Even her attitude and clothes while singing were different. In the West Coast/AOR part, she appeared wearing a classy, shining, and almost short, black dress (a typical dress an elegant woman can wear for going out late in the night) to sing two duets with Nobu Takahashi (who was also classy dressed in a suit), while in the aidoru part her clothes were totally wacky and playful. What became obvious to me was the fact that Naoko’s West Coast/AOR performance had no trace of Japanese culture at all, besides the fact she was a Japanese young woman. Maybe at this time, Japan’s major economic growth, which resulted in the world’s admiration towards Japan’s “new” reality, was an importante factor in favour of a more “global” sound. At the same time, there was the whole aidoru paradox, a very Japanese thing that is still very hard for Western eyes to buy. In the end, the experience was truly educational for me.

      As for today’s aidoru artists, I also think that this full embrace of “moe” is something purposedy done to maximize physical music sales. Thanks mostly to the AKB48 business, the industry understood that the only way to sell CDs is promoting aidoru music (with all the secondary things like handshake events, special photos, and every merchandise you can actually think, in the baggage) and aiming them at otaku audiences. In a negative economic scenary, like the one Japan is facing in a while, plus the fear of losing more and more buyers, the aidoru industry strategically bloomed in favour of this more “exotic” sound.

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    3. Hi, Marcos.

      It's hard to imagine back in those days when the Internet didn't exist among the masses, but somehow even though I was living in Toronto, I was still able to glean some information about Seiko's life and career in the early 80s, most likely via my mother's magazines and the rental videos.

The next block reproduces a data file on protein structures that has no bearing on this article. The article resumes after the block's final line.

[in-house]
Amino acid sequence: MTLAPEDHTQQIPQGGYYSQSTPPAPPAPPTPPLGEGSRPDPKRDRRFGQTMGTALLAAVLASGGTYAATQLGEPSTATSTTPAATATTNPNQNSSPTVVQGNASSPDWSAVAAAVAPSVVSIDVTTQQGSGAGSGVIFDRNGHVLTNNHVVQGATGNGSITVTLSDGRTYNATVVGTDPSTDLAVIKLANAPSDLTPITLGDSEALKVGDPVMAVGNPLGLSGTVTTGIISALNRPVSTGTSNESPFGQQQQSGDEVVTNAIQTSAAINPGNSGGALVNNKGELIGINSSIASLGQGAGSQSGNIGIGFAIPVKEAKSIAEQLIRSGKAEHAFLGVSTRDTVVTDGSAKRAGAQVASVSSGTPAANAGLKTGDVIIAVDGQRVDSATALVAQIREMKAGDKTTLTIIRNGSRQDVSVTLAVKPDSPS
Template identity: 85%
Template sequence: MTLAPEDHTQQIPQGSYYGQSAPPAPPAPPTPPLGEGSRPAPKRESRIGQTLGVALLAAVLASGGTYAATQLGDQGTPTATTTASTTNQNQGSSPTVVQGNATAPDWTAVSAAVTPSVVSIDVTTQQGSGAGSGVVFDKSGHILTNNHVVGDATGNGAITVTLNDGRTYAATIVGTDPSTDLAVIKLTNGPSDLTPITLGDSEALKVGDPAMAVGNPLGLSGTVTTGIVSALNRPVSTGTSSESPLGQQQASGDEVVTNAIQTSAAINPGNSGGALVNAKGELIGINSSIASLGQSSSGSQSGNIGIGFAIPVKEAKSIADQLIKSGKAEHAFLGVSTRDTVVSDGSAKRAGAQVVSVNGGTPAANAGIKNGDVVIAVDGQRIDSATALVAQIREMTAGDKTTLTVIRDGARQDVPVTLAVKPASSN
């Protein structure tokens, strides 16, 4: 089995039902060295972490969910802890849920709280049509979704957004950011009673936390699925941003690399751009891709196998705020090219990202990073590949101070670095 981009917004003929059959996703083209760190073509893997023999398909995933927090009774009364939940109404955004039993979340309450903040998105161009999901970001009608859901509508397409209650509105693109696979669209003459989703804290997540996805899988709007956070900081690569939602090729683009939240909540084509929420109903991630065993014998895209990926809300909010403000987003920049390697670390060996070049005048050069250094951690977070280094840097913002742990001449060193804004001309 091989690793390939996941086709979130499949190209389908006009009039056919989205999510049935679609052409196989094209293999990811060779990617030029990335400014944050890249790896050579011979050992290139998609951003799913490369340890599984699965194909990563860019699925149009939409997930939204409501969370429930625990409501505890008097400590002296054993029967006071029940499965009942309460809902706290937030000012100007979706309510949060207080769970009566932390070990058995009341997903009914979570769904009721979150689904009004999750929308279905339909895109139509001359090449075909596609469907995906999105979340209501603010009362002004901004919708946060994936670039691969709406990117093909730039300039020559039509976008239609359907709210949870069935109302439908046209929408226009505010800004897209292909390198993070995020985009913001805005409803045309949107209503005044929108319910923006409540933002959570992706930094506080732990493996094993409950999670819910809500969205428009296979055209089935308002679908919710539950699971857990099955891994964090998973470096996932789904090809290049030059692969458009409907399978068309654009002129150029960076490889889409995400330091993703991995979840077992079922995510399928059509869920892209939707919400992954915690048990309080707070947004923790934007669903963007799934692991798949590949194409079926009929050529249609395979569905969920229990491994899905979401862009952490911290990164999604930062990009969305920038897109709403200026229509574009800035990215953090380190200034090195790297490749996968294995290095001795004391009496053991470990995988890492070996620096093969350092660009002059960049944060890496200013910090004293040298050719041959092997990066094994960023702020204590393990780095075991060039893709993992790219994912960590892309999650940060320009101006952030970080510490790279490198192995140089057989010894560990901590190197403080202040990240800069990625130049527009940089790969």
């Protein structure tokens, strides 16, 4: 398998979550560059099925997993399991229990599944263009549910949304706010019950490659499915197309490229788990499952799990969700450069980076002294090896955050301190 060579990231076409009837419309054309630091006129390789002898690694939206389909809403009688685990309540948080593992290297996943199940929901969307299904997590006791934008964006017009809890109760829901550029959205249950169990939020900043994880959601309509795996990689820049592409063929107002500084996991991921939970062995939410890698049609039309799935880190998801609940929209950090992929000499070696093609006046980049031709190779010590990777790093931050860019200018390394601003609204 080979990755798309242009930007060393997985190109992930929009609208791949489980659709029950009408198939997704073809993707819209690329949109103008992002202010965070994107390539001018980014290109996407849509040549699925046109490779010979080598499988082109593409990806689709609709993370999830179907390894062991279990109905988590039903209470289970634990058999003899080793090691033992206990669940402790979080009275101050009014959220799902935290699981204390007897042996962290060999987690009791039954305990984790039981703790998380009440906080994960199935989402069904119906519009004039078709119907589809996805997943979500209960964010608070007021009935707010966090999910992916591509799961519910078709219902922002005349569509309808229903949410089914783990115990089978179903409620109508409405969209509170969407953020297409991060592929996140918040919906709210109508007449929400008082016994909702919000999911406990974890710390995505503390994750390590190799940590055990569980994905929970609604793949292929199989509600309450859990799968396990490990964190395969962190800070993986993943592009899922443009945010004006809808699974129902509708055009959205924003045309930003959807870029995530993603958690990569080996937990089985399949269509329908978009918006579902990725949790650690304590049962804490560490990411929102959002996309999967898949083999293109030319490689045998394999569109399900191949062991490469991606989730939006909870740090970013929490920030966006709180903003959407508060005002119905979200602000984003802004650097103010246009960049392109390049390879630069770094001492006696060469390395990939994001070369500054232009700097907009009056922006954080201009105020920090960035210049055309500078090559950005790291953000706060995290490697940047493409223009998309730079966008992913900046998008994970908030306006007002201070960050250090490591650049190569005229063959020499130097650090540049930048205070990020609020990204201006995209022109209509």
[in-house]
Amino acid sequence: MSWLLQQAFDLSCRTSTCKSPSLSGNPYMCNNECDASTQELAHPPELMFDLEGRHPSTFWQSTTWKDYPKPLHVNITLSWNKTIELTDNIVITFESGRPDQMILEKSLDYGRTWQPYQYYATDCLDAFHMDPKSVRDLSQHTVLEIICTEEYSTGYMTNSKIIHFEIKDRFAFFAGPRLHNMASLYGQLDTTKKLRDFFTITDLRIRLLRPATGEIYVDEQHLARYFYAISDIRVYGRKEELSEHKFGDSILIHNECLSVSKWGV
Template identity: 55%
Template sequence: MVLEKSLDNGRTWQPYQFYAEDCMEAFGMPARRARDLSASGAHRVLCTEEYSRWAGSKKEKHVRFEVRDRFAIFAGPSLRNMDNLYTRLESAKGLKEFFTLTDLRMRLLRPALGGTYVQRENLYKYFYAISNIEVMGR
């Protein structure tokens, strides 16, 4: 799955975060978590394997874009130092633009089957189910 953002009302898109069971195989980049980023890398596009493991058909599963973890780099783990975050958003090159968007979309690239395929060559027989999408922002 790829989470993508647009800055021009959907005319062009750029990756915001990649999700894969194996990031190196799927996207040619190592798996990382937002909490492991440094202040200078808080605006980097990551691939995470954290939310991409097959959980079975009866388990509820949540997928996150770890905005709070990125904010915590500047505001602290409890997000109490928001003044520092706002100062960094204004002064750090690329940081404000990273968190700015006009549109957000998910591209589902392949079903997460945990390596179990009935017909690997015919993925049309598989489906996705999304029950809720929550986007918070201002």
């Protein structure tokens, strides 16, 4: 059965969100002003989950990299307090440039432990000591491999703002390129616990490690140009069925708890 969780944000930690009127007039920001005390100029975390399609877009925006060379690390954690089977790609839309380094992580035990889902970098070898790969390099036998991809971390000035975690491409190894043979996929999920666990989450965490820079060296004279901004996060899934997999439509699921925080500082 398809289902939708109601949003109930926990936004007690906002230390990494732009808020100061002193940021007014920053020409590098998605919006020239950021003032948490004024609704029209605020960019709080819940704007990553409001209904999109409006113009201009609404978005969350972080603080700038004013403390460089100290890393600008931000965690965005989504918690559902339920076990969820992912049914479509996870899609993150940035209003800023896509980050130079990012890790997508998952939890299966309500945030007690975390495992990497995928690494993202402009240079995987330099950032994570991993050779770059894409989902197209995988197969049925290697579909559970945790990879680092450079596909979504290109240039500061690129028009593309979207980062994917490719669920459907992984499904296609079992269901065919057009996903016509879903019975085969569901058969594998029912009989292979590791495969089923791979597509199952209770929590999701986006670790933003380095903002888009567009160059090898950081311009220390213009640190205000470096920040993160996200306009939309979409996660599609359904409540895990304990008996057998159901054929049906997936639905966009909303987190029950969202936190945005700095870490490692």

My impression was that Seiko was seen as the Queen Aidoru of the first half of the 80s, and as such, anything about her was pretty much fair game in the media. I knew that she had been dating Hiromi Go for what seemed like such a long time that rumours of marriage were very strong. However, there was a very public announcement of her breakup (with tons of tears) and then a very quick announcement of engagement to actor Masaki Kanda to lead to the so-called "Wedding of the Century".

      Needless to say, media coverage was overwhelming. Just from seeing and reading about all that, I got the impression that Seiko was quite the headline-grabber and perhaps trendsetter for the aidoru genre (I recollect in one magazine an article which displayed every hairstyle that Seiko had between 1979 and 1985!). I think even being away for that one year to start raising Sayaka made me wonder if that absence could have given the powers-that-be behind the aidorus some thoughts about perhaps changing things a bit. Then again, the last (her 22nd) single she released before going on maternity leave was more in the Western dance-pop mode, so perhaps the changes were already beginning.

      I would be interested in getting "Daydream Coast" since I heard that the album was in the same genre as "9.5". There is quite the difference in sound between her work on that album and those bubbly early singles. I also noticed the change in dress as well. The cover of "9.5" had her in just a simple sleeveless T-shirt...quite the world away from my image of her in those puffy chiffon dresses...mind you, I think she was somewhere in Arizona or Nevada during the photo shoot; she probably would have broiled in that chiffon dress. :)

      I'm not sure whether the music industry was intentionally doing so, but the whole thing about AOR/City Pop/Resort Pop seemed to play very well for the tourist industry. Imagine Anri and Naoko singing in the States in a distinctively West Coast style just like their American counterparts....perhaps listeners might have wanted to reserve their air tickets.

      Oh, I'm pretty sure that "moe" has been seen as very monetizing for various aspects, including music and tourism. I saw my fair share of French people in Akihabara searching for various stores like Animate. It's been interesting how CDs have still hung around compared to the United States which seems to have embraced downloading. Perhaps that hanging around may just be by fingertips, mind you, but the Tower Records chain is still doing well. That need to keep the CDs going might explain the reason behind the large amount of remastering CDs for albums from the 70s and 80s.

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Feel free to provide any comments (pro or con). Just be civil about it.